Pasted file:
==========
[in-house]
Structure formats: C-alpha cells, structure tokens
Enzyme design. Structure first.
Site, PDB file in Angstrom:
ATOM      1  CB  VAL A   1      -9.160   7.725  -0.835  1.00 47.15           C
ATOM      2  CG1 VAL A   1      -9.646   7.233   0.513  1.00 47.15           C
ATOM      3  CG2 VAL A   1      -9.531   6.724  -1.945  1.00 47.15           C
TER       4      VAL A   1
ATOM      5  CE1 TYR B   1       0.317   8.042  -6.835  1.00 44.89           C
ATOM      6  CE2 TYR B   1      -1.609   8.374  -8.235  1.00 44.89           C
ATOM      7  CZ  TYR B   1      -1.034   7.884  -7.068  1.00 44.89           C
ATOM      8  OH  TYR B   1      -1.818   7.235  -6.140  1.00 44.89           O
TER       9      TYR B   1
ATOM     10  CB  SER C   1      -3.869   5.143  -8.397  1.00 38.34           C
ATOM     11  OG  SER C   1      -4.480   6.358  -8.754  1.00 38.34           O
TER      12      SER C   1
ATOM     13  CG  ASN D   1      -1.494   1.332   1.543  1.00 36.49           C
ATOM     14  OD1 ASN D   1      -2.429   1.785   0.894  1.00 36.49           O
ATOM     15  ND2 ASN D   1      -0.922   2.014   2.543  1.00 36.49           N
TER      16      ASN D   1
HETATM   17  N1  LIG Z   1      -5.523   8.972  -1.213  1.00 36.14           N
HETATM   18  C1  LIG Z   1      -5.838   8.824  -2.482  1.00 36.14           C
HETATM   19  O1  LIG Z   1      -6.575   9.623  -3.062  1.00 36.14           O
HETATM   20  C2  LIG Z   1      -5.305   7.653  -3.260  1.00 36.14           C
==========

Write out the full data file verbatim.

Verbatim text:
[in-house]
Structure formats: C-alpha cells, structure tokens
Enzyme design. Structure first.
Site, PDB file in Angstrom:
ATOM      1  CB  VAL A   1      -9.160   7.725  -0.835  1.00 47.15           C
ATOM      2  CG1 VAL A   1      -9.646   7.233   0.513  1.00 47.15           C
ATOM      3  CG2 VAL A   1      -9.531   6.724  -1.945  1.00 47.15           C
TER       4      VAL A   1
ATOM      5  CE1 TYR B   1       0.317   8.042  -6.835  1.00 44.89           C
ATOM      6  CE2 TYR B   1      -1.609   8.374  -8.235  1.00 44.89           C
ATOM      7  CZ  TYR B   1      -1.034   7.884  -7.068  1.00 44.89           C
ATOM      8  OH  TYR B   1      -1.818   7.235  -6.140  1.00 44.89           O
TER       9      TYR B   1
ATOM     10  CB  SER C   1      -3.869   5.143  -8.397  1.00 38.34           C
ATOM     11  OG  SER C   1      -4.480   6.358  -8.754  1.00 38.34           O
TER      12      SER C   1
ATOM     13  CG  ASN D   1      -1.494   1.332   1.543  1.00 36.49           C
ATOM     14  OD1 ASN D   1      -2.429   1.785   0.894  1.00 36.49           O
ATOM     15  ND2 ASN D   1      -0.922   2.014   2.543  1.00 36.49           N
TER      16      ASN D   1
HETATM   17  N1  LIG Z   1      -5.523   8.972  -1.213  1.00 36.14           N
HETATM   18  C1  LIG Z   1      -5.838   8.824  -2.482  1.00 36.14           C
HETATM   19  O1  LIG Z   1      -6.575   9.623  -3.062  1.00 36.14           O
HETATM   20  C2  LIG Z   1      -5.305   7.653  -3.260  1.00 36.14           C